Today is not only the sabbath for the Jews but at sundown it will also be the beginning of what is known as Sukkot, the Feast of Booths or aka the Feast of Tabernacles. During this feast which is observed for seven days many observant Jews will build small booths, literally, with palm or other kinds of branches on top to serve as miniature huts or shelters reminding them of how fragile their existence was during the forty years of wandering in the desert. Many will eat their meals inside the booth, and some will even sleep within it, as well.
So, I have had the privilege of being here for several great feasts: the feasts of Rosh Shashana, Yom Kippur, and now the feast of Sukkot. I feel very blessed to be able to be so close to the place where these feasts and will never think about them again in the same way.
Yesterday, Saturday, I went into the Old City, the area within the ancient walls of Jerusalem, just to have another look. First I walked through some narrow streets that were new to me. I even found an old stairway, often not used, that leads to a roof where the Ethiopian priests are. You follow this old staircase around and you end up back at the entrance to the Holy Sepulcher. Maybe it is because I am a Passionist, but for some reason I have been at Calvary and the Tomb more than any other place!! I guess it just kept calling me! I also kept finding myself near Gethsemane, one of my most treasured historical and spiritual places. I also visited the Church of the Dormition and went down into the crypt where it is thought that the Blessed Mother died. Then, it was a long walk around the city walls for another look and then I caught old bus number 36 and headed into Bethany. Later in the afternoon I celebrated the Eucharist with the CTU students who are here on a special study program.
Today is Sunday and this morning I attended Mass with an Italian group that were visiting during their pilgrimage being led by an Italian Passionist. They came from a parish not far from but I did not get the Passionist’s name, sorry to say. Then, after a nice lunch, I began to pack my things for my departure tomorrow. Tomorrow will be my ninth day here at Bethany and it has been a good visit. The whole community has been very hospitable, very kind. It seems to me that this a very tough assignment. The entire cultural milieu is completely different than what any of them are familiar with. Their presence, much like the Friars in the holy places here in the “Holy Land”, make it possible to maintain a Passionist presence but at what cost? It is not easy so please pray for them. Originally I was going to stay for two full weeks but that was based on my somewhat naive assumption that I could revisit some of the special places for quiet, prayerful time. Well, I suppose that could happen but I would have to get into those places around 7:00 a.m. and leave by nine when all the tour buses and crowds arrived!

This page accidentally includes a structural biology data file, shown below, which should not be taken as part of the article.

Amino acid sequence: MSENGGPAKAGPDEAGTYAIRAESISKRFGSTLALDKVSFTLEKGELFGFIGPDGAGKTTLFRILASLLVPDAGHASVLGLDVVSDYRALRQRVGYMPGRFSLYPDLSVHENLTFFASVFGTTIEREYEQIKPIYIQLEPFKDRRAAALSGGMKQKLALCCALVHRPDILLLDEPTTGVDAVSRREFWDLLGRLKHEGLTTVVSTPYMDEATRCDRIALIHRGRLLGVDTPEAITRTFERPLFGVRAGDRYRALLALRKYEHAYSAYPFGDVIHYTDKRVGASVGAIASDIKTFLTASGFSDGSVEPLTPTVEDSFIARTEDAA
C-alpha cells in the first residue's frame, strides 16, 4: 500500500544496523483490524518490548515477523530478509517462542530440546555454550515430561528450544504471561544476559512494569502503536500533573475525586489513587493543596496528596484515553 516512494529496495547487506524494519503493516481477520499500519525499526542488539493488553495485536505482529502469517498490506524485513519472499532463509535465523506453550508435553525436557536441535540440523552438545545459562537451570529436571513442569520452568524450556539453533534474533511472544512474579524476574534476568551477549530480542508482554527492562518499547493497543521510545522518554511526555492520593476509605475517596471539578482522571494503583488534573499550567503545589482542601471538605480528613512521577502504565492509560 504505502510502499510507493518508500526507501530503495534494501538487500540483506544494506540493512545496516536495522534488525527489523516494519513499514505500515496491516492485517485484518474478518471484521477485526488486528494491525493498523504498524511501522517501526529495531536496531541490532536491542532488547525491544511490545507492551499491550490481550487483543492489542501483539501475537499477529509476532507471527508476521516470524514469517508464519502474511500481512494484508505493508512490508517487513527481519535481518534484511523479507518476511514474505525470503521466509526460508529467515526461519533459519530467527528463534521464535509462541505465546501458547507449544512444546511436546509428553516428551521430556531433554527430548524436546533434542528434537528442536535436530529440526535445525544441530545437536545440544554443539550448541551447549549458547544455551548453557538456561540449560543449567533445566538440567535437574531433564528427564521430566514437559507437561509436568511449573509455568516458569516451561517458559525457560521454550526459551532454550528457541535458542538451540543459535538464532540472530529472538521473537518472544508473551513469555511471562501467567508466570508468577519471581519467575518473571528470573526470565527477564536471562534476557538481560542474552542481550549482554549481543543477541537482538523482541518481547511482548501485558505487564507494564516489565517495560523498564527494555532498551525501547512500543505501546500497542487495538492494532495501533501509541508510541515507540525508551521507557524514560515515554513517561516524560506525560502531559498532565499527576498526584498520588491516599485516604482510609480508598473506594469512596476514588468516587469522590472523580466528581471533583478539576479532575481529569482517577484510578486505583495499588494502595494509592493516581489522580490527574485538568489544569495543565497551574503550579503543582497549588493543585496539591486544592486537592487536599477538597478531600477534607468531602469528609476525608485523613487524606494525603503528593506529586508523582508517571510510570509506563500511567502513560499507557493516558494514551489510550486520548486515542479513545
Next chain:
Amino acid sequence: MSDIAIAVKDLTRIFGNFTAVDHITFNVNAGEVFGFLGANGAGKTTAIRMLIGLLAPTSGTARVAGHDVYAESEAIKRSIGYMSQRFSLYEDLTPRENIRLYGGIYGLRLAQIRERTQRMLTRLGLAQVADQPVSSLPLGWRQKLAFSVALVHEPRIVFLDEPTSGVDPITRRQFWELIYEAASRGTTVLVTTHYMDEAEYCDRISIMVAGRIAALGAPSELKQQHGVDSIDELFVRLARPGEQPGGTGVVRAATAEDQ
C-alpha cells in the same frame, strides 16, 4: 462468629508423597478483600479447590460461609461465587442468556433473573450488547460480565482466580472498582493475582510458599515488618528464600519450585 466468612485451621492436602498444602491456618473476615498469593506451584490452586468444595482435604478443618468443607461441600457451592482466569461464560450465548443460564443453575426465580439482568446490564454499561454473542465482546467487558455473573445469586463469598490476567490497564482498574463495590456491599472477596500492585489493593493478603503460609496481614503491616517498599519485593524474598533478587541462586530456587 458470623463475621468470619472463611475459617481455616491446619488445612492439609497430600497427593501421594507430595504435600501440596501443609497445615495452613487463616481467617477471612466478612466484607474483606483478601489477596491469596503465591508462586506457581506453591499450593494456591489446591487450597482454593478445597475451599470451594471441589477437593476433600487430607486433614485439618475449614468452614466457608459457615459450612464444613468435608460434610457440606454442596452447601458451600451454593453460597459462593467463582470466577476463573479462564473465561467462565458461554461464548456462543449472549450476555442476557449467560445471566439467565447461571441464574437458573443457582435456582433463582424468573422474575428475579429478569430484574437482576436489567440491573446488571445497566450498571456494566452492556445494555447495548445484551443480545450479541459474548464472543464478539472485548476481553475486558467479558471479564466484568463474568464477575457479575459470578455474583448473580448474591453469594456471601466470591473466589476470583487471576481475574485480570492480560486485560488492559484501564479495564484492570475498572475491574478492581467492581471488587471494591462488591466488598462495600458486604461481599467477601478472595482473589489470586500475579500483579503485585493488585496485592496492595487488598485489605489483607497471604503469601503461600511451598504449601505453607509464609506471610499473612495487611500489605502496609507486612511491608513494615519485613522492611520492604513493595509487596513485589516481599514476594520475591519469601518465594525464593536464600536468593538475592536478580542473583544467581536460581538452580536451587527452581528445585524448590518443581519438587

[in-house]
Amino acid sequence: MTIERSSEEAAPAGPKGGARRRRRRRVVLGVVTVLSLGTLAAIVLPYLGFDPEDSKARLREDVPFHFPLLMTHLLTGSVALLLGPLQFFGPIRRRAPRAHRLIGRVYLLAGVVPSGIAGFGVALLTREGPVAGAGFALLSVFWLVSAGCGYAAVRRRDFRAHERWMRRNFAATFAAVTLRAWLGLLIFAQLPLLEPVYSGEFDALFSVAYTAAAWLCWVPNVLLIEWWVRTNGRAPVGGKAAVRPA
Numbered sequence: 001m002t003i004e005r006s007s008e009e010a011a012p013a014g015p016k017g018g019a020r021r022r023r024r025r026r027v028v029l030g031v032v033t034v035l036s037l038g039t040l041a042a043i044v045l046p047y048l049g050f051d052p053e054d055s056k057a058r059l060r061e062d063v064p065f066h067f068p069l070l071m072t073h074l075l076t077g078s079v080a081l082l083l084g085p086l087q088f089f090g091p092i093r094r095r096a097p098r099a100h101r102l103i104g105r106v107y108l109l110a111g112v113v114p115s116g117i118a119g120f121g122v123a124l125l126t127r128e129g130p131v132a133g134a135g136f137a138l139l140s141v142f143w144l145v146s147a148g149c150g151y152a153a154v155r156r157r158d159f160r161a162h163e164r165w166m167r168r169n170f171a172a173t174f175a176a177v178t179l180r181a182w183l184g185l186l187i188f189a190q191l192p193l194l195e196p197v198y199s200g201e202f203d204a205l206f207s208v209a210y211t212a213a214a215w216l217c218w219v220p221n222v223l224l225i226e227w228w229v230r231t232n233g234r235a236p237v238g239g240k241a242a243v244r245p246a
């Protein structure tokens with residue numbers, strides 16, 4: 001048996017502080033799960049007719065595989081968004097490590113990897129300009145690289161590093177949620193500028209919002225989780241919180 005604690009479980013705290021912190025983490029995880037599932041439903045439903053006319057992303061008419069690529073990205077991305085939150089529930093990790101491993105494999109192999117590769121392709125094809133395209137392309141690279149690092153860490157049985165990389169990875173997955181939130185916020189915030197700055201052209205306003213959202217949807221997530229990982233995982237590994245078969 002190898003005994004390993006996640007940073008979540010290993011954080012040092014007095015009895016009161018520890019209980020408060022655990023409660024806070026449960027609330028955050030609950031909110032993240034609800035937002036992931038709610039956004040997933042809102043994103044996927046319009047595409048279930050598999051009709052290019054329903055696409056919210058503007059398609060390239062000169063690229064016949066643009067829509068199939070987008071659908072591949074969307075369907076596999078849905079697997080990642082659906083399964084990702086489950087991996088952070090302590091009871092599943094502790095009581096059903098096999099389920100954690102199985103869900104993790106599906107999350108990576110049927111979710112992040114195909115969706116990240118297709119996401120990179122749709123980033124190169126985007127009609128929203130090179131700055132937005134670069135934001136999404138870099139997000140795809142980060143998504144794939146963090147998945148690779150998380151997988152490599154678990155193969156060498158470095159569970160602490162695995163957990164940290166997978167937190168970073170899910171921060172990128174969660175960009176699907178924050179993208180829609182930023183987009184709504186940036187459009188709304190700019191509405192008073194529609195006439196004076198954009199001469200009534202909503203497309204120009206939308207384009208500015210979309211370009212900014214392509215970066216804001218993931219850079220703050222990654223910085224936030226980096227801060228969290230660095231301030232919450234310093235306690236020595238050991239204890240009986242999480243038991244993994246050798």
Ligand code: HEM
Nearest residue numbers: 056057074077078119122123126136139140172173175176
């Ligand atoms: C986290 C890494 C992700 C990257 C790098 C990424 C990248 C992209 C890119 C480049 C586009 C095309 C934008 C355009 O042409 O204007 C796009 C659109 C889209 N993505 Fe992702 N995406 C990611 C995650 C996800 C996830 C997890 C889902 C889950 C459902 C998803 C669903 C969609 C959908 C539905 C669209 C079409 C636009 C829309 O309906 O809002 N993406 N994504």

So, it is time to pack and head for home. Besides, I think I have heard more than enough of the calls to prayer blasting forth from the minarets and mosques that are everywhere in this Palestinian area. I will have to study up on just what is being broadcast (and I am pretty sure they are recordings.) you will hear them near midnight; again around three in the morning; once again at around 6:00 a.m. and then periodically during the day. And believe me, none of these holy voices sound like the Sistine Chapel Choir!
Packing was easy, even including the little wine bottles from Cana and the Diet Coke bottle with water from the Jordan River (although where we met it, it was more like a refreshing stream.). I decided to put the water in a plastic Diet Coke bottle after hearing the story of a rather prestigious priest/scholar/pilgrim who had the same idea of bringing River Jordan home but somewhere along the line got confused and drank it! Ergo the Diet Coke bottle idea! So now I can have some Cana wine and some Jordan water for a few weddings and baptisms. Tina and Jimmy, I am saving some just for you!
I leave early tomorrow and look forward to being home once again. But these three weeks have truly been a blessing. Thank you, Lord! Gratias a Dios!